Agritourism businesses hopeful for a bump in attendance this fall

Agritourism businesses hopeful for a bump in attendance this fall
Jack-o-Lantern Lane in LaFayette, Alabama in Chambers County. (Source: ALFA)

MONTGOMERY, Ala – The COVID-19 pandemic has caused many entertainment venues and typical family activities to be canceled this year and Alabama’s agritourism industry is no exception. But as students and parents continue to be stuck inside their homes for school and work, farmers are optimistic for this year’s fall season.

“People are going to be hesitant to think about where they should go, but I can’t think of a more safe, wholesome and educational opportunity than going out to an agritourism operation in the state,” Hunter McBrayer told ADN.

McBrayer is the director of the Alabama Farmers Federation’s Bee and Honey and Greenhouse, Nursery and Sod Division and is involved with promoting Alabama’s agritourism industry.

The Centers for Disease Control and Prevention and state guidance say conducting activities outside is a safer option than indoor venues, and agritourism businesses are hoping to turn that into an advantage during this year’s pumpkin and apple picking season.

McBrayer said many farms have faced a challenging past few months because of a decrease in school field trips since many schools have moved to virtual learning and excursions have been canceled.

McBrayer said one farm he talked to recently said it would typically have around 3,500 kids booked for this time of year but is now down to 100 homeschooled children booked for trips.

Not only do they have to worry about the decrease in school field trips but trying to rework their normal attractions is another challenge.

“A lot of things they do require that close contact, from putting people on hayrides, to putting people in wagons to take them across the fields, to face painting and candy apples,” McBrayer said. “Everything that goes into an agritourism business requires things that right now aren’t exactly in line with the guidelines the state and CDC puts out.”

But McBrayer said many farms are optimistic for the fall season as more parents and especially kids will want to get out of the house and do a fun activity that allows for proper social distancing.

“They’re going to learn about farming, they’re going to spend time with their family and they’re going to be able to be in a place where they can get as far away from people as they want to be,” McBrayer said

The owners of Scott’s Orchard in Hazel Green told ADN they’ve seen a spike in people coming to their farm to pick their own peaches and sunflowers this summer.

“We’ve probably increased our business by one and a half times,” said Will Scott, a fifth-generation farmer at the orchard.

Will Scott of Hazelgreen works at the family farm in Madison County that grows a variety of apples and has a you-pick operation
Will Scott of Hazelgreen works at the family farm in Madison County that grows a variety of apples and has a you-pick operation (Source: ALFA)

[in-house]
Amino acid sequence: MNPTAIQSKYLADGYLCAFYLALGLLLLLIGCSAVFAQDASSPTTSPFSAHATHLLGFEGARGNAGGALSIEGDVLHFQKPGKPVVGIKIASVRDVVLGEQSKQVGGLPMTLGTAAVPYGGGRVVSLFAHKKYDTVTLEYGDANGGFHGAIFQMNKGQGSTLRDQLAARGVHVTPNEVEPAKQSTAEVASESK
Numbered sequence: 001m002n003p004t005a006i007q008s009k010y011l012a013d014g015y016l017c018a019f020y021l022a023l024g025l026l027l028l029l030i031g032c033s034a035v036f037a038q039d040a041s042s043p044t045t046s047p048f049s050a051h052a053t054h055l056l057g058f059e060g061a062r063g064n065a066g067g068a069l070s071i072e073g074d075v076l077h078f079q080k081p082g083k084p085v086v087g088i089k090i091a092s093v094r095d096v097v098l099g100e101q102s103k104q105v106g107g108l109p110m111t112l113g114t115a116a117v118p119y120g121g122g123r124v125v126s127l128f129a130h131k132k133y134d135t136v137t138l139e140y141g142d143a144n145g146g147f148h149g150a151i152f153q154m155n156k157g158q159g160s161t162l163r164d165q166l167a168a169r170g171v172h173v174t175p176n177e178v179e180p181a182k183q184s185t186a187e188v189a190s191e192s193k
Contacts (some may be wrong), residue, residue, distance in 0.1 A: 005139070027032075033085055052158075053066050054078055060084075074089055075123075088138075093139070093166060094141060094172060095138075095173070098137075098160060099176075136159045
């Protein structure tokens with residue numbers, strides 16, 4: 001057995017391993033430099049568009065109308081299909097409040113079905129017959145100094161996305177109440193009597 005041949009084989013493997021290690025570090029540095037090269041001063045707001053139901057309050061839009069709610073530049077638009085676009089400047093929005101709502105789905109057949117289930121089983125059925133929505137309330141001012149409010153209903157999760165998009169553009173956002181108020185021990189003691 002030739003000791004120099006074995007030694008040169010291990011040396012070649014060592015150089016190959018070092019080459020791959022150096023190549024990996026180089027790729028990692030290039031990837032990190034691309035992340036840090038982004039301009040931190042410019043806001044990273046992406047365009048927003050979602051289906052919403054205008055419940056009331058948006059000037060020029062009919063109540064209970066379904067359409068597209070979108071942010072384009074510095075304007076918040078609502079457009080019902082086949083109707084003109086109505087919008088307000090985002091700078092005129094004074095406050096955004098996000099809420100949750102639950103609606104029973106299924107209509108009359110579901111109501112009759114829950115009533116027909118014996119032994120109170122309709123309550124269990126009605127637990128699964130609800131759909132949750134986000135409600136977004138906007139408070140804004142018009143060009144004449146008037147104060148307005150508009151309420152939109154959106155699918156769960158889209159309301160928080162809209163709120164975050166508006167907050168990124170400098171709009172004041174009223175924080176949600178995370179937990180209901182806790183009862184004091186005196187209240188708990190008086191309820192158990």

Scott’s Orchard will have apples available for picking starting Labor Day and Scott said he expects to see business continue to do well into the fall months.

“People want to get out of the house and they think that this is an activity they can easily distance themselves with outside in the fresh air,” Scott said.

McBrayer said there are around 30 agritourism operations and farms in Alabama that can vary in size and bring in millions of dollars in tax revenue for the state.

Another small farm that has seen some positive outcomes because of the pandemic is Serenity Animal Farm in Clanton, which is a sanctuary and rescue farm for exotic or farm animals.

Mark Bagley is the director of Serenity Animal Farm and told ADN that since the pandemic has caused many restaurants to close and schools no longer needing to feed as many children, more leftover produce has gone to farms like his.

“They were shooting that stuff to the food banks, the food banks couldn’t get rid of it fast enough so it’s been a windfall for farms like me that rely on produce from these food banks after it’s not fit for human consumption,” Bagley told ADN.

Bagley’s farm has around 168 animals ranging from alpacas, camels, zebras, emus and ostriches. He said he’s now able to go to a Jefferson County food bank multiple times a week to pick up various fruits and vegetables for his animals.

His farm only offers tours by appointment on Sundays so he has not had a issue with lack of visitors but said the pandemic took away a volunteer workforce that usually helps care for the animals.

“Like any animal shelter or rescue shelter we rely on volunteers who help us because we have so many animals to take care of,” Bagley said. “As soon as COVID hit, we fell off volunteers by 100%.”

The Alabama Farmers Federation is creating agritourism guidelines that they plan to send out to farms in the next week that will provide useful resources and ways to boost their businesses in the fall months. The guidelines will include recommendations for entertainment venues and tourist attractions on how to safely hold events within the CDC health safety guidelines.

It will also provide tips on how to advertise or promote an agritourism business through the news media and how to best utilize social media.

McBrayer said right now, their main goal is to let Alabamians know that pumpkin patches and apple orchards are open for business this year.

“We just want to generate the message that this place is open, that this place is safe and we’re going to do everything we can to try and keep y’all safe,” McBrayer said.

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